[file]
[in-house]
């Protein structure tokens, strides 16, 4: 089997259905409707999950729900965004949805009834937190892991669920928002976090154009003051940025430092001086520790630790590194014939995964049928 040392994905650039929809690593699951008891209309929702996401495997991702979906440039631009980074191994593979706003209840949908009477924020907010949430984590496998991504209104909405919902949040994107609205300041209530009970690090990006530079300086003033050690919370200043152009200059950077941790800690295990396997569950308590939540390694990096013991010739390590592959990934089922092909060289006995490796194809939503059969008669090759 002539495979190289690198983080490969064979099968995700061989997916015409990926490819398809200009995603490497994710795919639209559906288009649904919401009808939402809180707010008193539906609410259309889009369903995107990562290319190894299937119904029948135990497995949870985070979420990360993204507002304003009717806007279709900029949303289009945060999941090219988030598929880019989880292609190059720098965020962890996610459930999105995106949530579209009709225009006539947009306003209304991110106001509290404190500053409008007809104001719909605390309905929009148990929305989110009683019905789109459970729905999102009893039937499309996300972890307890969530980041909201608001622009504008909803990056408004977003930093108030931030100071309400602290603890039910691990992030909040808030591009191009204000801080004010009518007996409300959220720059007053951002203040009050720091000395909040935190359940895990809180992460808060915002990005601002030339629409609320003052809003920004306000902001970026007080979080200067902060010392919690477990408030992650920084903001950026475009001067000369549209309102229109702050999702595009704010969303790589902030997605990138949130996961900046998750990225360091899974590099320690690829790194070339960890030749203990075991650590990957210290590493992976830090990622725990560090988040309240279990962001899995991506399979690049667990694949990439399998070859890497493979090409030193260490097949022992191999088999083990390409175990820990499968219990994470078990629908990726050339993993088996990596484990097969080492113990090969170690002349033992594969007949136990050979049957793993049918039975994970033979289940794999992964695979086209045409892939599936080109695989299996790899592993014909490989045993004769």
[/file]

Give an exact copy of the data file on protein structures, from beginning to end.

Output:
[in-house]
């Protein structure tokens, strides 16, 4: 089997259905409707999950729900965004949805009834937190892991669920928002976090154009003051940025430092001086520790630790590194014939995964049928 040392994905650039929809690593699951008891209309929702996401495997991702979906440039631009980074191994593979706003209840949908009477924020907010949430984590496998991504209104909405919902949040994107609205300041209530009970690090990006530079300086003033050690919370200043152009200059950077941790800690295990396997569950308590939540390694990096013991010739390590592959990934089922092909060289006995490796194809939503059969008669090759 002539495979190289690198983080490969064979099968995700061989997916015409990926490819398809200009995603490497994710795919639209559906288009649904919401009808939402809180707010008193539906609410259309889009369903995107990562290319190894299937119904029948135990497995949870985070979420990360993204507002304003009717806007279709900029949303289009945060999941090219988030598929880019989880292609190059720098965020962890996610459930999105995106949530579209009709225009006539947009306003209304991110106001509290404190500053409008007809104001719909605390309905929009148990929305989110009683019905789109459970729905999102009893039937499309996300972890307890969530980041909201608001622009504008909803990056408004977003930093108030931030100071309400602290603890039910691990992030909040808030591009191009204000801080004010009518007996409300959220720059007053951002203040009050720091000395909040935190359940895990809180992460808060915002990005601002030339629409609320003052809003920004306000902001970026007080979080200067902060010392919690477990408030992650920084903001950026475009001067000369549209309102229109702050999702595009704010969303790589902030997605990138949130996961900046998750990225360091899974590099320690690829790194070339960890030749203990075991650590990957210290590493992976830090990622725990560090988040309240279990962001899995991506399979690049667990694949990439399998070859890497493979090409030193260490097949022992191999088999083990390409175990820990499968219990994470078990629908990726050339993993088996990596484990097969080492113990090969170690002349033992594969007949136990050979049957793993049918039975994970033979289940794999992964695979086209045409892939599936080109695989299996790899592993014909490989045993004769």